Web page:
British heritage brands are “suffering financially” because of a lack of VAT-free shopping for tourists, the leader of the Scrap the Tourist Tax campaign has said.
Speaking at a parliamentary debate, Conservative MP Sir Geoffrey Clifton-Brown said that London’s retail and hospitality businesses have been abandoned by tourists in favour of mainland European destinations.
“International travels buy more goods from brands and the countries they are visiting, so British brands like Mulberry, Burberry and Church’s are suffering the most”, he told attendees.
“Mulberry has already had to close its flagship Bond Street store, which it blames solely on ending tax-free shopping.”
The luxury brand left its Bond Street store in February, slamming the lack of VAT-free shopping for tourists as well as high business rates and rents as reasons for its departure.
Clifton-Brown said the UK was missing out on a £1bn ‘Brexit boost’, as tourists opt for other destinations.
The UK is currently the only country in Europe which does not offer VAT-free shopping for international visitors after the scheme was scrapped following the finalisation of its exit from the EU in 2020.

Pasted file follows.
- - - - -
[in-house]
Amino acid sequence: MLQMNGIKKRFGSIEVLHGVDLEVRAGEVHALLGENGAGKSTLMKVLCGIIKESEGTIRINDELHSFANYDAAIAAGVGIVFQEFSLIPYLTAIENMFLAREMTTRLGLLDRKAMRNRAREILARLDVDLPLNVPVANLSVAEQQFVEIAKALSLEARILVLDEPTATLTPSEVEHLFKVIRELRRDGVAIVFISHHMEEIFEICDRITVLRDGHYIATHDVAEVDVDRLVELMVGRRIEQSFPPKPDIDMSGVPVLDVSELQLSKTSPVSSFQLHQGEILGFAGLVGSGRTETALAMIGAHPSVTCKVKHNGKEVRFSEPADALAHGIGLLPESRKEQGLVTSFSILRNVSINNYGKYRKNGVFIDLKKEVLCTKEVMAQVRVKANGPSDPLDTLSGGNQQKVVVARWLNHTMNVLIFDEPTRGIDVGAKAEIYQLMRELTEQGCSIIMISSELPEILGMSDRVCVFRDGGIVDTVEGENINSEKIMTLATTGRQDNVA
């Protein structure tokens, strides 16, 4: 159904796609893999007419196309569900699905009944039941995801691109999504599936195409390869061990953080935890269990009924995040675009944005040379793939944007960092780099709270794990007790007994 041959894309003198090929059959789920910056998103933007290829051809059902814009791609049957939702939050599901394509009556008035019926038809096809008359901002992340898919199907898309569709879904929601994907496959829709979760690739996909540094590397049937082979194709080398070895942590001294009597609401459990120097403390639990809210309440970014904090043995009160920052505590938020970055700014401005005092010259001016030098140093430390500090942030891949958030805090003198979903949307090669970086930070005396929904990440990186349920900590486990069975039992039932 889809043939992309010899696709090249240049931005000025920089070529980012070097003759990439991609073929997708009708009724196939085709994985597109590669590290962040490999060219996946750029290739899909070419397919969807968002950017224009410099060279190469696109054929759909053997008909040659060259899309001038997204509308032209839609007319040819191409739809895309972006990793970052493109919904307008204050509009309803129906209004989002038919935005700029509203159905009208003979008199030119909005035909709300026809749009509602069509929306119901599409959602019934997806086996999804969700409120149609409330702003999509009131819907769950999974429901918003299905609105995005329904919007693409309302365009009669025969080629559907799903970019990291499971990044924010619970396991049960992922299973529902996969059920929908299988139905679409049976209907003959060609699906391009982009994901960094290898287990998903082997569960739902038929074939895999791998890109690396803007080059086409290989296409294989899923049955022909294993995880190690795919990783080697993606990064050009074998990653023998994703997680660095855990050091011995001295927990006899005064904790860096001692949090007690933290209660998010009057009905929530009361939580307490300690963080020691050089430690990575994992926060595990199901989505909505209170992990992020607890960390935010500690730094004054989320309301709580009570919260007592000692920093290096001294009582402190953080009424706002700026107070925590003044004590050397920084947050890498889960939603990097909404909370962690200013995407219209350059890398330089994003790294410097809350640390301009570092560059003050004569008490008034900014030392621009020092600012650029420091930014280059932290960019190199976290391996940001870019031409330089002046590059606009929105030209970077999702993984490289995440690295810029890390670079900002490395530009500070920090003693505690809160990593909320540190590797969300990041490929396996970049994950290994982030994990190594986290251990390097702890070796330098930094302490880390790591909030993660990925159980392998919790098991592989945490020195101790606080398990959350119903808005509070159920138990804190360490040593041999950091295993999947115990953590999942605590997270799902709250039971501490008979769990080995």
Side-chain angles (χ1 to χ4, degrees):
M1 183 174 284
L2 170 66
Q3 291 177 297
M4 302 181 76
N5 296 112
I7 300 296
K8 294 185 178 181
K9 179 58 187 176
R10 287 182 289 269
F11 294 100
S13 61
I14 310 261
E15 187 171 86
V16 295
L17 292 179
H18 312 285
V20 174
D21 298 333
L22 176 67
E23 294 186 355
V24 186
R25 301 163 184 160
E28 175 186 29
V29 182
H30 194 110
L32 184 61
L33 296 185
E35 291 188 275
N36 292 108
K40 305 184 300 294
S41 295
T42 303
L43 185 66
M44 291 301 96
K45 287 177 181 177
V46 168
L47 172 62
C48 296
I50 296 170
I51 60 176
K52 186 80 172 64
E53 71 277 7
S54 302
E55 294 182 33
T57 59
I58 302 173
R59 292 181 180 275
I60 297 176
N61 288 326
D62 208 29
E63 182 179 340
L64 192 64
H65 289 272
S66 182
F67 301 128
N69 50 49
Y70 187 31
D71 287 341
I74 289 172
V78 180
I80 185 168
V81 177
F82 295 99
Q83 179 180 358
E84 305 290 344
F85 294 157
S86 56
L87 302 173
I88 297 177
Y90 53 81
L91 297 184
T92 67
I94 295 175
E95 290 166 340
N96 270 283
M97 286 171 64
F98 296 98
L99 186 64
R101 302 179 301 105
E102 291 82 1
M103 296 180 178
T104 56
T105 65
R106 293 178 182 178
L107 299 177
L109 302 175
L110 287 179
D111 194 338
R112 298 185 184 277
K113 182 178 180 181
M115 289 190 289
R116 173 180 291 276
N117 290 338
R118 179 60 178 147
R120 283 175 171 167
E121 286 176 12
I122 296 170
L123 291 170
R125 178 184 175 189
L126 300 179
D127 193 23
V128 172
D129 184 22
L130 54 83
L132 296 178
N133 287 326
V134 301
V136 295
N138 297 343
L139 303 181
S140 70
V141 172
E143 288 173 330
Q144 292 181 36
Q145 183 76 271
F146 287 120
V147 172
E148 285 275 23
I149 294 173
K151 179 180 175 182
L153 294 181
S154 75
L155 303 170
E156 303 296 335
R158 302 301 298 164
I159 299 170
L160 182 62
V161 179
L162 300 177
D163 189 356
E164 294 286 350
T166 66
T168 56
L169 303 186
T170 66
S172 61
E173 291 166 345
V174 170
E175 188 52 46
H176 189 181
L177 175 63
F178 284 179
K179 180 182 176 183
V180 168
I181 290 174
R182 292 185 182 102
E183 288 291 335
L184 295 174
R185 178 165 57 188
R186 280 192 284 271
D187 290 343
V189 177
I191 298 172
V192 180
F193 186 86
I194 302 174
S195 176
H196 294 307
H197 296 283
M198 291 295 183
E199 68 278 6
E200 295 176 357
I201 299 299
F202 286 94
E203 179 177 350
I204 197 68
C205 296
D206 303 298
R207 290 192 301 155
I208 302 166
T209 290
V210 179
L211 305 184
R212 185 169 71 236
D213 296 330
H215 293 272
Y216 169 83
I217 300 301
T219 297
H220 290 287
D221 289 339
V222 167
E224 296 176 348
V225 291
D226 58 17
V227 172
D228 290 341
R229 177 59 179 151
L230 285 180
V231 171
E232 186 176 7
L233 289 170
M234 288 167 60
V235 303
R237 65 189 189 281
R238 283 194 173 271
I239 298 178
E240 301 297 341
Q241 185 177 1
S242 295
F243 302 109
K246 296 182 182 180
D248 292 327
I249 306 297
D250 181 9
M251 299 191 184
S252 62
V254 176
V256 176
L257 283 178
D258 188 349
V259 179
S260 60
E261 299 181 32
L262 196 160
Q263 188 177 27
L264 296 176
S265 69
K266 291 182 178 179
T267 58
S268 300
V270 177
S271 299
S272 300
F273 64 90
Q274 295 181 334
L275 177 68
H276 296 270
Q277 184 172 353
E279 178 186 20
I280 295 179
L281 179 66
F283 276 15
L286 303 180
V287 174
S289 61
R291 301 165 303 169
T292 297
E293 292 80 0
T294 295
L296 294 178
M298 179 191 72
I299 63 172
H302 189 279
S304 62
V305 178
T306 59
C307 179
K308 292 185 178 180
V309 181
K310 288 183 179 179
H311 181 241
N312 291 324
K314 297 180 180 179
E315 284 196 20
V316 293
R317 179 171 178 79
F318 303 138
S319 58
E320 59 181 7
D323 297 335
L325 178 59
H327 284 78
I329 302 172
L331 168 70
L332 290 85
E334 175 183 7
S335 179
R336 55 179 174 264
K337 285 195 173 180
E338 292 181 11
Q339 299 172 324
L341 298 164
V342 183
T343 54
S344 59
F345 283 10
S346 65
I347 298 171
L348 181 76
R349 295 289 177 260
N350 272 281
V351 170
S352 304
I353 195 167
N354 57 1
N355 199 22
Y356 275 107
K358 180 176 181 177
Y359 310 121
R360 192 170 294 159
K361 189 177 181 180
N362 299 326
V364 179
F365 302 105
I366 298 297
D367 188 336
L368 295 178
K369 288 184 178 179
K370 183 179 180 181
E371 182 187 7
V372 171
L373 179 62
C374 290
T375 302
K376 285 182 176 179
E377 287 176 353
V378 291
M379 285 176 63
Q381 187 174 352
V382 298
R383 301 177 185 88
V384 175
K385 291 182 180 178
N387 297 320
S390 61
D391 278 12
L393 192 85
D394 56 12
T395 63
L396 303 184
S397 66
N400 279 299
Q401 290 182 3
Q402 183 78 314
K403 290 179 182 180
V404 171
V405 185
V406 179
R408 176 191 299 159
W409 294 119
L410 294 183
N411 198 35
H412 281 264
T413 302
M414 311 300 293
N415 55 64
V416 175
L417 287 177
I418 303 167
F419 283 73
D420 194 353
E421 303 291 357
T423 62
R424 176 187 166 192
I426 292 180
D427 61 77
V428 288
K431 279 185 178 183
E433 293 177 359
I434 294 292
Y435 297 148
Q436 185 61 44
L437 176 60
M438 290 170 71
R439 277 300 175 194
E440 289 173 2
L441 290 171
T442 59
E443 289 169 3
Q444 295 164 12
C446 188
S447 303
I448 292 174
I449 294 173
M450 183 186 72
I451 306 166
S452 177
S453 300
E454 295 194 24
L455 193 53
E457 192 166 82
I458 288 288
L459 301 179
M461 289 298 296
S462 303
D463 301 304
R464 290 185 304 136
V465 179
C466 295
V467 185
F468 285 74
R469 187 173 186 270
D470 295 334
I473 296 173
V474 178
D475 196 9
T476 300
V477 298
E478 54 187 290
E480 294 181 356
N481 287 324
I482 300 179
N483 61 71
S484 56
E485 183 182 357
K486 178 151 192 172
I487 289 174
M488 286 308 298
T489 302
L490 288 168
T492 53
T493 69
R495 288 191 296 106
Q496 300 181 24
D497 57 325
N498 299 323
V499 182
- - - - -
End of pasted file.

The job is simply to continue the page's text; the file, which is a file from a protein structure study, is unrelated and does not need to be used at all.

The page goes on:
The so-called ‘tourist tax’ has had a greater impact on businesses in the West End than the cost-of-living crisis, according to a New West End Company (NWEC) study.
The group found that 92% of surveyed businesses said they have been affected by the loss of VAT-free shopping, in comparison to 58% who said they had been impacted by the cost-of-living crisis.
Of those who said they had been affected by the ‘tourist tax’, 72% reported a decline in visitor numbers whilst 89% said that they had seen a fall in spending from international visitors.
The survey found that West End businesses are now reconsidering whether to invest in the UK, with 21% considering UK closures or moves to other countries.
Clifton-Brown, who leads the Scrap the Tourist Tax campaign on behalf of the Association of International Retail (AIR) and the NWEC, has called for an urgent independent inquiry into the total financial losses to the UK economy caused by the scrapping of VAT-free shopping.
However, these calls were countered by Labour MPs. shadow exchequer secretary’s Tanmanjeet Dhesi said: “We do not believe that reinstating tax-free shopping for international visitors should be a priority for the billions of pounds of public money.
“Although we are not calling for VAT-free shopping to be reinstated, we firmly believe that retail and hospitality businesses particularly – those concentrating on our high streets – need support from the government.”